With regard to shippers, it is important that gas suppliers have equal treatment in respect of bringing gas into the system. I urge my right hon. Friend the Minister for Energy and Industry to press for United Kingdom suppliers to have access to European markets for gas supplies. That will be the start of a process which will develop in the countries of our European partners, for example, in France and Germany, and it is important for us, as a supplying nation, to have access and to put our gas into those systems.

Recommendation 12 of the Trade and Industry Select Committee states that:

"The UK Government should continue to press for unimpeded rights for UK gas suppliers in foreign (especially EU) energy markets." It is in Britain's interests to promote that.

I am grateful for the opportunity to make a speech in this debate. I most heartily welcome the measures incorporated in the Bill. I hope that it passes through Standing Committee quickly and that we get on with the job, and with the test that will take place.

6.47 pm

Mr. Nick Harvey (North Devon): Any attempt to transform a monopolistic gas market into a competitive one, in which customers can choose for themselves from whom they wish to buy their gas, is a step in the right direction. For that reason, the Bill receives the broad support of the Liberal Democrats.

The Bill is based on the sound principle that competition gives consumers greater choice and, as such, should bring them benefits that a monopoly market will not deliver. However, what is less certain is whether the legislation is capable of transforming that sound principle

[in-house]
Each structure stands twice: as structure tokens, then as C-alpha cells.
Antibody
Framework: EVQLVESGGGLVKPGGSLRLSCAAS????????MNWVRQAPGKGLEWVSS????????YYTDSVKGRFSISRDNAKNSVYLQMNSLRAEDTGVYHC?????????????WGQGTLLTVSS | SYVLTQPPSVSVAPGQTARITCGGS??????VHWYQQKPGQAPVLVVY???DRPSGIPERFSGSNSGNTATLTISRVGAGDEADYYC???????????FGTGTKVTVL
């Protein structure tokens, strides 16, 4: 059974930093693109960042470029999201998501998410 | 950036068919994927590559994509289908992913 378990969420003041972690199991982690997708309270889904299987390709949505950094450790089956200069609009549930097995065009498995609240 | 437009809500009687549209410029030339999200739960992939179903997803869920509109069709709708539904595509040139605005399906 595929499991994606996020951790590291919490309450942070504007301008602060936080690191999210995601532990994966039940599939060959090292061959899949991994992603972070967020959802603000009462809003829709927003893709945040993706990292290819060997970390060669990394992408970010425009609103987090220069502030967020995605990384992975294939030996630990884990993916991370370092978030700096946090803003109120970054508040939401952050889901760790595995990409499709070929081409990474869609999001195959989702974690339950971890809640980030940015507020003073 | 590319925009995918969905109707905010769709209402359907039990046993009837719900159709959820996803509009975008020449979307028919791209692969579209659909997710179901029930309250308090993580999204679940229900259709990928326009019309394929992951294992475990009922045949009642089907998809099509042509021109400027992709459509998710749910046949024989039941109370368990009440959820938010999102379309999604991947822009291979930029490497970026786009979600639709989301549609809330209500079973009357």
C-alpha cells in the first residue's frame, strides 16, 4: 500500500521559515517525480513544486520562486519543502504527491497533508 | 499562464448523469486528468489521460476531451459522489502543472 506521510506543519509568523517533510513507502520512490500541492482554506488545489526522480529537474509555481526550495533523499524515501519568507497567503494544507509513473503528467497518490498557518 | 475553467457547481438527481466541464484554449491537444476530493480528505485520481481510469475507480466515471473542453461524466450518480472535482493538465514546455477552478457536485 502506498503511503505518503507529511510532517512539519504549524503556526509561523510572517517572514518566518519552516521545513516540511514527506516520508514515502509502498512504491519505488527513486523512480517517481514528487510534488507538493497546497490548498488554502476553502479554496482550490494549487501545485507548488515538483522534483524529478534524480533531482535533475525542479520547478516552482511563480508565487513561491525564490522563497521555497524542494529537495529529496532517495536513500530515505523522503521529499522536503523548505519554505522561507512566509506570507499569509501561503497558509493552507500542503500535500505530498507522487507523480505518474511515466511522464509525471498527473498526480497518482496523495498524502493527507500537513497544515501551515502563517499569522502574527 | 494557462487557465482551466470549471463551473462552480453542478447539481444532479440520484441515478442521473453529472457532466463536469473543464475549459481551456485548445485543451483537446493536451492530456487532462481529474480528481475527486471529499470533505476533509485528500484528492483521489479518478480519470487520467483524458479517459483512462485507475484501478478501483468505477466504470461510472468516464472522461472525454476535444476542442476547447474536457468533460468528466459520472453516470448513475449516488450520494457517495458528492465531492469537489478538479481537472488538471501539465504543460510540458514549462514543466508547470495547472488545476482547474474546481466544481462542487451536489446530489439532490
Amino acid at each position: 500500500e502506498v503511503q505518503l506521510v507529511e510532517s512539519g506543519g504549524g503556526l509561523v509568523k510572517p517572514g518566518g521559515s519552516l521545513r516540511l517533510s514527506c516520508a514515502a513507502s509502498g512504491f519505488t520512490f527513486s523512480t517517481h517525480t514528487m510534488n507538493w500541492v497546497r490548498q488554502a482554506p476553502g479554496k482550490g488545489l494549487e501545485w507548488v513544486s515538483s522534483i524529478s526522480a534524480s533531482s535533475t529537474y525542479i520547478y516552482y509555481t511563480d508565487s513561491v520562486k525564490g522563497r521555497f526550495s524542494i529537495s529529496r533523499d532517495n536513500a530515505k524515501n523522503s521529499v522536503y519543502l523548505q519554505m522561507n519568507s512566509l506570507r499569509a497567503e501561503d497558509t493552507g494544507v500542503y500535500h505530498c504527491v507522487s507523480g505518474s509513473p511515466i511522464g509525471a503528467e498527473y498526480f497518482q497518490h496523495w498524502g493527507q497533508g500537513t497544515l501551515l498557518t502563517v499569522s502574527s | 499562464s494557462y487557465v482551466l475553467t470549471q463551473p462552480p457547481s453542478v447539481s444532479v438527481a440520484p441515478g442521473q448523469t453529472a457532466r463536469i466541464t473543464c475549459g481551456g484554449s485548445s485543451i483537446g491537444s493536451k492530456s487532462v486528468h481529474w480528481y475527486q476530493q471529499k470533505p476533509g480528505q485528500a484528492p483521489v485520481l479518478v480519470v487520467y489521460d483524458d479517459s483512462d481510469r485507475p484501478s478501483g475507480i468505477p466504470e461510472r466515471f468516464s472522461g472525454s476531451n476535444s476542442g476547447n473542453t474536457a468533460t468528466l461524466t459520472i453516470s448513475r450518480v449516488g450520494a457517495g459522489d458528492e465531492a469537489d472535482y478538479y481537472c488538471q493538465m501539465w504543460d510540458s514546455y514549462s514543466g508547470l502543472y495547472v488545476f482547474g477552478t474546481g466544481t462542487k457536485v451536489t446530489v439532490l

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into sound practice. To that end, we must consider two broad areas of concern to see whether there is adequate provision in the Bill to bring real, tangible benefits to consumers. The acid tests in that context are: will customers receive better service and will they be required to pay less? I shall look briefly at each of those matters. First, will people receive a better service? Since privatisation, British Gas has had a fairly good record in customer services relative to other utilities. Recently, however, we have seen some worrying developments, such as leaked internal memos threatening to charge extra for services for the blind and the elderly, a sharp increase in the number of customer complaints and the beginning of preferential treatment not for prompt payers, but for prompt payers by direct debit. Some have suggested that the reason for those developments is the desire within British Gas to lower its costs to protect its interests in the run-up to competition.

Those are examples of the sort of problem which could arise within a more competitive market if suppliers were given the freedom to lower standards and to cherry-pick customers. Against that backdrop, the introductory list of duties for the Secretary of State on the one hand and the Director General on the other should include the protection of the interests of consumers as a primary duty, rather than--as is currently the case in the Bill--a subsidiary duty. Consumer benefit should not be seen as a fortunate consequence of competition, but rather the driving force behind it. Competition itself is the means, not the end.

As regards the specific service standards which will be required of all suppliers, we welcome very much the proposals put forward by one of the proposing suppliers to improve and enforce the current 39 standard requirements to which British Gas works. Polling has shown that standards of service are of great importance to customers, and those must be safeguarded against becoming victims of any frantic price war.